Before KALODNER, STALEY and HASTIE, Circuit Judges.
This appeal arises out of an action brought by the United States of America against the General Motors Corporation ("GM") under paragraph 3 of section 1 of the Elkins Act, 49 U.S.C.A. § 41(3) which provides that any shipper who "knowingly" receives from a railroad any "valuable consideration" as a "rebate" shall "forfeit to the United States" three times the amount so received.*fn1 Judgment was entered for GM pursuant to a jury verdict in its favor.
The primary issues to be determined are whether the District Court erred (1) in ruling that certain segments of the alleged concessions were barred by limitations imposed by the Elkins Act and (2) in its instructions to the jury.
The relevant facts are as follows:
In the summer of 1944 GM decided to acquire a plant site in the Philadelphia area. To aid GM in effecting this purpose officials of the Pennsylvania Railroad Company ("Pennsylvania") and the Baltimore and Ohio Railroad Company ("Baltimore") were called to Detroit. It had apparently been decided by GM to allocate $175,000 for the purchase of the site. Pursuant to discussions with these officials Pennsylvania and Baltimore undertook to survey prospective locations for the new plant. Pennsylvania submitted a site near New Castle, Delaware and Baltimore submitted another in what is referred to as Wilsmere, located just outside Wilmington, Delaware. GM authorized each railroad to start securing options on these two sites for its ultimate use as an undisclosed principal.
The Wilsmere site was composed of two tracts totalling approximately 143 acres, one tract called the "Main Plant Site" consisting of about 131 acres, and the other called the "Homestead" tract comprising about 12 acres. The Main Plant site consisted of 16 parcels and was used primarily as home lots; the Homestead tract consisted of 70 homesteads. By September 25, 1944, Emmet Hickman, a Wilmington real estate agent engaged by Baltimore had procured options on 12 of the 16 parcels on the Main Plant site for $119,000.
At this time GM expressed dissatisfaction with the pace at which Baltimore was acquiring options on the Wilsmere site. As a result of a conference on September 25, 1944, it was decided that the former arrangement would be abandoned and Baltimore would undertake to assemble the Wilsmere tract and convey it to GM for $150,000. Baltimore agreed also to make available at the site a water main capable of supplying $1,500,000 gallons of water daily. By letter dated October 14, 1944 it made a written offer to convey the Wilsmere tract, less a portion to be retained for yard tracks, for $150,000. This offer included also the parties' understanding with respect to the water main. GM accepted this offer by letter dated December 1, 1944. The conveyance was to be made 90 days from December 1, 1944.*fn2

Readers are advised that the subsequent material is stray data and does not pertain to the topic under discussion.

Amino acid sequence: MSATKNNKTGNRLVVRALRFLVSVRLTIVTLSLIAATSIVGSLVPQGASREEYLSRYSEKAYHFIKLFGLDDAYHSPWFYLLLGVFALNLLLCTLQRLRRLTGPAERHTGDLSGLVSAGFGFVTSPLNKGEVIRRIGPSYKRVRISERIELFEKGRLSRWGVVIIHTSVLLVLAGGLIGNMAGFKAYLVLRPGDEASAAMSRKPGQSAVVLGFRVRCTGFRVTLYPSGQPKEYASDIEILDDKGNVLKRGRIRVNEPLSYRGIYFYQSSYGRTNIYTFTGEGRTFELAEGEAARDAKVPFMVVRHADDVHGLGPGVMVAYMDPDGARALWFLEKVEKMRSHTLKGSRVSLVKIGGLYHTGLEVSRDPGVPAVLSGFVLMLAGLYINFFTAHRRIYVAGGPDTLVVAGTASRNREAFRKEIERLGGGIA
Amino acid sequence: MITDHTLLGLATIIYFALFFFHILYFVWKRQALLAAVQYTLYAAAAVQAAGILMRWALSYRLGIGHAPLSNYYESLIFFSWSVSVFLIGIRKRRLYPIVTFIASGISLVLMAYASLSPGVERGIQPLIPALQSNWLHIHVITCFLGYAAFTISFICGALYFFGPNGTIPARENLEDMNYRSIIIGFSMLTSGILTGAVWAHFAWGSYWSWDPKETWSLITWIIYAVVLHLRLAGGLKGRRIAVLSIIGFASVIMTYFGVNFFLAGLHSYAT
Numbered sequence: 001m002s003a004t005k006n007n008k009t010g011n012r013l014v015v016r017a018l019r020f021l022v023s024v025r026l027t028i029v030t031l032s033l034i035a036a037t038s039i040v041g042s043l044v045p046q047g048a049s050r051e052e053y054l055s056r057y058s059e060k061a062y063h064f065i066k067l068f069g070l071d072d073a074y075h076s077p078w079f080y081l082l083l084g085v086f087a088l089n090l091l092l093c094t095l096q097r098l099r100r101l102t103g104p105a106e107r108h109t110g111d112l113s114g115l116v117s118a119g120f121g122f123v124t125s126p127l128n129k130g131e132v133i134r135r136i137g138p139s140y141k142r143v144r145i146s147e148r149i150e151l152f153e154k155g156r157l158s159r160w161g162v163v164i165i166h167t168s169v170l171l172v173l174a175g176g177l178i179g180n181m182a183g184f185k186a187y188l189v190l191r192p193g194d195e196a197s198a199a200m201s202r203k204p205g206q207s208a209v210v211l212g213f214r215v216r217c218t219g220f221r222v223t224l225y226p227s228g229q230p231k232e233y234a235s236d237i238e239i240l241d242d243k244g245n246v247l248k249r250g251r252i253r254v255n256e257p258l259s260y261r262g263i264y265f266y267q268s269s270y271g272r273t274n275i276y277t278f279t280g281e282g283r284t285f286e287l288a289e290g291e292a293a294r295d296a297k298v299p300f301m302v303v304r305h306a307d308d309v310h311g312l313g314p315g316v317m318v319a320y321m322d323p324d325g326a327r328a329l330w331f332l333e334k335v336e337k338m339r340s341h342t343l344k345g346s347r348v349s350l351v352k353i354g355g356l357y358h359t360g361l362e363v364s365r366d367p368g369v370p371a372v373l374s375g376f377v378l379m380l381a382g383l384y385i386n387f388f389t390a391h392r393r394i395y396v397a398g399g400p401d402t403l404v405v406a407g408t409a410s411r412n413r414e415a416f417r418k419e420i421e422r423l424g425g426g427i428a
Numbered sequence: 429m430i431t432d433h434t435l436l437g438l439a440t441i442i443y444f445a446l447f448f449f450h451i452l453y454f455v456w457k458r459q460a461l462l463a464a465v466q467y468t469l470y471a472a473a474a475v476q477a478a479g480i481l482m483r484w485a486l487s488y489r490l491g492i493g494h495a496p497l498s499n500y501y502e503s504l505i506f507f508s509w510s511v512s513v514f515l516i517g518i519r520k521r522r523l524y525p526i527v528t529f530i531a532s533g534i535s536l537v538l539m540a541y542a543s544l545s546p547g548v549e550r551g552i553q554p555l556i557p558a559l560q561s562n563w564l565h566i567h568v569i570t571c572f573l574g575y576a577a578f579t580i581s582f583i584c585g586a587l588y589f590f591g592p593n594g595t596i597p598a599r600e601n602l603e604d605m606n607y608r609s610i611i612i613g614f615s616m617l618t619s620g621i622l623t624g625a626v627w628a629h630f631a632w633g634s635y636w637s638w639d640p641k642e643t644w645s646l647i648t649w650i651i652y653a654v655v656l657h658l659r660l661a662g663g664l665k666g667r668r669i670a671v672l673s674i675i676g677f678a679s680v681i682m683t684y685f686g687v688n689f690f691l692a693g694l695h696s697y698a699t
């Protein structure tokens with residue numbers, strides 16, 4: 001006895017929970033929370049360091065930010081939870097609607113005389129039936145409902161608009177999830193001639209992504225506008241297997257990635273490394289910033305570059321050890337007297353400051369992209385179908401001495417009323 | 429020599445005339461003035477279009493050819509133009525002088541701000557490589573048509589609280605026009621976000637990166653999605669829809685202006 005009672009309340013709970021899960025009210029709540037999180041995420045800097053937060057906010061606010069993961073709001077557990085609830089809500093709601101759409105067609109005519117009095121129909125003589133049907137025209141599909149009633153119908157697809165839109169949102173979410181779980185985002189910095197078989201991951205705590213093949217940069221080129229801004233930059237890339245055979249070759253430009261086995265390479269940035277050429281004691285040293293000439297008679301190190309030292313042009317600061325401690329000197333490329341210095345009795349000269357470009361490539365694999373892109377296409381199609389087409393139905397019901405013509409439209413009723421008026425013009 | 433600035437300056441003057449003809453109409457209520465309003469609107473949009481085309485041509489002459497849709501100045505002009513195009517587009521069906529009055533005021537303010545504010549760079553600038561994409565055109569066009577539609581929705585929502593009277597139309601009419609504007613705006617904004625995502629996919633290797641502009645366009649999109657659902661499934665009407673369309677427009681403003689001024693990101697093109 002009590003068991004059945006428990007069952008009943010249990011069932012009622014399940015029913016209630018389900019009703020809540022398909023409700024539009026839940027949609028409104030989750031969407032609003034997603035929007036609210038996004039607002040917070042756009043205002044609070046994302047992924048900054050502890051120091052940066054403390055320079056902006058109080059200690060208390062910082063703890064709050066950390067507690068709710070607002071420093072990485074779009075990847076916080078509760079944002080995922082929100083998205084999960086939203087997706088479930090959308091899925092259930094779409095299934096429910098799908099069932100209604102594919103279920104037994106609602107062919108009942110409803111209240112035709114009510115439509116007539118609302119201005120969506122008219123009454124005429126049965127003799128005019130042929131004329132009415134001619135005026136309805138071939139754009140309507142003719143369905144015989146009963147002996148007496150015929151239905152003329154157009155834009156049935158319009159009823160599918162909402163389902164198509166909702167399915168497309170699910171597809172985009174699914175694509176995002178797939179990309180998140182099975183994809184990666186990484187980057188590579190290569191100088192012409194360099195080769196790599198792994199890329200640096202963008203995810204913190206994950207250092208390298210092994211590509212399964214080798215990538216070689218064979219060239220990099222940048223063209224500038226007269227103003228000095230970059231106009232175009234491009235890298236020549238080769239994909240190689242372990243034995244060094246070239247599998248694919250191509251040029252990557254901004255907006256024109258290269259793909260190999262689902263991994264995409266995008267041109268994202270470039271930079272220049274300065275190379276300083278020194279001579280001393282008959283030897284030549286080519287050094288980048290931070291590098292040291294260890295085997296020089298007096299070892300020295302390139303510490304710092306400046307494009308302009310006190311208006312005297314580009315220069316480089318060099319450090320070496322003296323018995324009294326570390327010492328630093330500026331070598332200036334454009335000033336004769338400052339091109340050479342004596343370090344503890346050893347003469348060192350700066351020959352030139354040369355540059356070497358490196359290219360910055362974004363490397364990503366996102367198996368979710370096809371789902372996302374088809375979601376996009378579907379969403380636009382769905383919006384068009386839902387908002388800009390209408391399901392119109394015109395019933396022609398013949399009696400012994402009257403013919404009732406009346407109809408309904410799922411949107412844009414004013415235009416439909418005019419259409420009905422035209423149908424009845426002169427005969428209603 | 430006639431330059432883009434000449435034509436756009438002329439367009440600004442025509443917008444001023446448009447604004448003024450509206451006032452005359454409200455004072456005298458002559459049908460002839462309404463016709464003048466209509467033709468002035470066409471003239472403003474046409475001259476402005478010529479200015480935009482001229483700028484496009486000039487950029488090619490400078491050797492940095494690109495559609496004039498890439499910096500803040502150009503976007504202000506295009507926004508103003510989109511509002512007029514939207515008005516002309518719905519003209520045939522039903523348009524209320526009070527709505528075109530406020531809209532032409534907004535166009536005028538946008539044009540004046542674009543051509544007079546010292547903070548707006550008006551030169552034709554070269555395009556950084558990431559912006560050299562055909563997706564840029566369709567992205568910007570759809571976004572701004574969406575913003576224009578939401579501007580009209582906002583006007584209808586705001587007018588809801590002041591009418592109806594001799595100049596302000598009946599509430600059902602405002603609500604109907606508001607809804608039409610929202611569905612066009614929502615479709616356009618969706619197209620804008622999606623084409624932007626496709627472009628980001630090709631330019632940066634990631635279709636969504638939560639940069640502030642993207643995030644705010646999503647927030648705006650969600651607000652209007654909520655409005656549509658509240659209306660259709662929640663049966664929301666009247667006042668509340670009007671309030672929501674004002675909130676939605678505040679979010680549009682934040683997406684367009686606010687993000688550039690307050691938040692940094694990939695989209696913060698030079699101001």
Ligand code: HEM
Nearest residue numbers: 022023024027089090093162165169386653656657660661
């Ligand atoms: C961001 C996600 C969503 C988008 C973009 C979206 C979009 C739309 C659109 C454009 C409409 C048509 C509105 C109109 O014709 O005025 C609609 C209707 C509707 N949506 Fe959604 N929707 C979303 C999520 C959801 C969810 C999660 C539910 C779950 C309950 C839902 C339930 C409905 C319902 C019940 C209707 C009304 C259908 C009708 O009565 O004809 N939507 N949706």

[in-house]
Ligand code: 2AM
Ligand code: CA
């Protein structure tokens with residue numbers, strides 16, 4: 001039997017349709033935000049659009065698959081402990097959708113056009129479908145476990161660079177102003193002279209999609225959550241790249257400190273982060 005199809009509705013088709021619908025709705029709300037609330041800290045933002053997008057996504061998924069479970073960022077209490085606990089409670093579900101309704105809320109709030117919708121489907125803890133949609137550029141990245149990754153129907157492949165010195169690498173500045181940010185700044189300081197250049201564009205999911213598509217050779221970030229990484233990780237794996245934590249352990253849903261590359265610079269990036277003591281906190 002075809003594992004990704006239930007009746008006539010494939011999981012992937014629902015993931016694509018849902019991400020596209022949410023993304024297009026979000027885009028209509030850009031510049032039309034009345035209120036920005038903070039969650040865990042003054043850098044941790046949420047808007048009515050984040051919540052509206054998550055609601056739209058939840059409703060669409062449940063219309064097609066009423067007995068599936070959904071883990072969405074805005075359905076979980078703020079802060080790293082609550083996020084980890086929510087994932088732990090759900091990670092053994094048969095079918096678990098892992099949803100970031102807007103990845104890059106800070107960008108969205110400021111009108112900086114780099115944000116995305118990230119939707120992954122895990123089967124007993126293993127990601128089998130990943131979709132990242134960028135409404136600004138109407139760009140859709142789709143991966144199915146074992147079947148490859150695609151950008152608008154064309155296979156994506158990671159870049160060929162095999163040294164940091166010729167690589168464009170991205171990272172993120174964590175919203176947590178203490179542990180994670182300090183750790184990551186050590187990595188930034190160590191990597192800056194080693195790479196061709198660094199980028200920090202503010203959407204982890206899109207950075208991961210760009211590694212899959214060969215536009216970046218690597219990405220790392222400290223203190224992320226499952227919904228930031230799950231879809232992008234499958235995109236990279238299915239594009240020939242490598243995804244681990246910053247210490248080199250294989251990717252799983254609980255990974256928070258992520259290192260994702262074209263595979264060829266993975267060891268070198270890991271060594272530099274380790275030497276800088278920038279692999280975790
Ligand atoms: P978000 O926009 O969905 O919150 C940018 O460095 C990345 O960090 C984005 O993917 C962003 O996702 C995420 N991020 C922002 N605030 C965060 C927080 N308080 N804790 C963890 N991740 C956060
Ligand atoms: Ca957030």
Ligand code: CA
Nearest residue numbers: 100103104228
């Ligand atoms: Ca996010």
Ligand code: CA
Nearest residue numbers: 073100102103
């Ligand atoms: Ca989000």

In August, 1945 Baltimore conveyed 120.5 acres of the Main Plant site to GM for $140,000, retaining the remaining 11 acres for its own use. This tract had been acquired by Baltimore for $171,743.27. GM retained $10,000 of the $150,000 contract price which sum was to be paid when the Homestead tract was conveyed.
Baltimore experienced difficulty in acquiring the 70 lots comprising this latter tract. Finally, on June 29, 1948, the parties entered a "new agreement" by which 8 of the 12 acres were to be conveyed for the withheld $10,000. Since Baltimore was unable to convey a good title the agreement provided for indemnity to protect GM and further provided that no substantial structures were to be erected on the land for 20 years. The Homestead tract cost Baltimore $148,704.01.
The water main was completed in 1945. Full use of the main was initiated by GM in the spring of 1947 when the plant on the Main Plant site was completed. The cost of the main to Baltimore was $36,338.
Baltimore sustained a $171,329.28 loss as a result of the foregoing transactions.*fn3 It is the government's contention that GM knew or had ample reason to know the facts as to the price to Baltimore of the conveyed property and the water main. On the basis of these facts it is contended that the amount by which Baltimore's cost exceeded the consideration paid by GM constituted a rebate within the meaning of the Elkins Act. The purpose of the transaction, it is urged, was to induce location of the plant site on Baltimore's line by the giving of a substantial financial concession to GM. Since this "concession" amounted to $171,329.28 under the triple damages rule, judgment for $513,978.84 was sought.
First as to the statutory limitations issue:
This action was instituted in 1952. Paragraph 3 of the Elkins Act allows the United States to recover for rebates only if they are "received or accepted" during the period of six years prior to the commencement of the action.*fn4 The Main Plant site was conveyed in 1945, as was the water main. On the basis of these facts the District Court instructed the jury that with respect to these properties the ...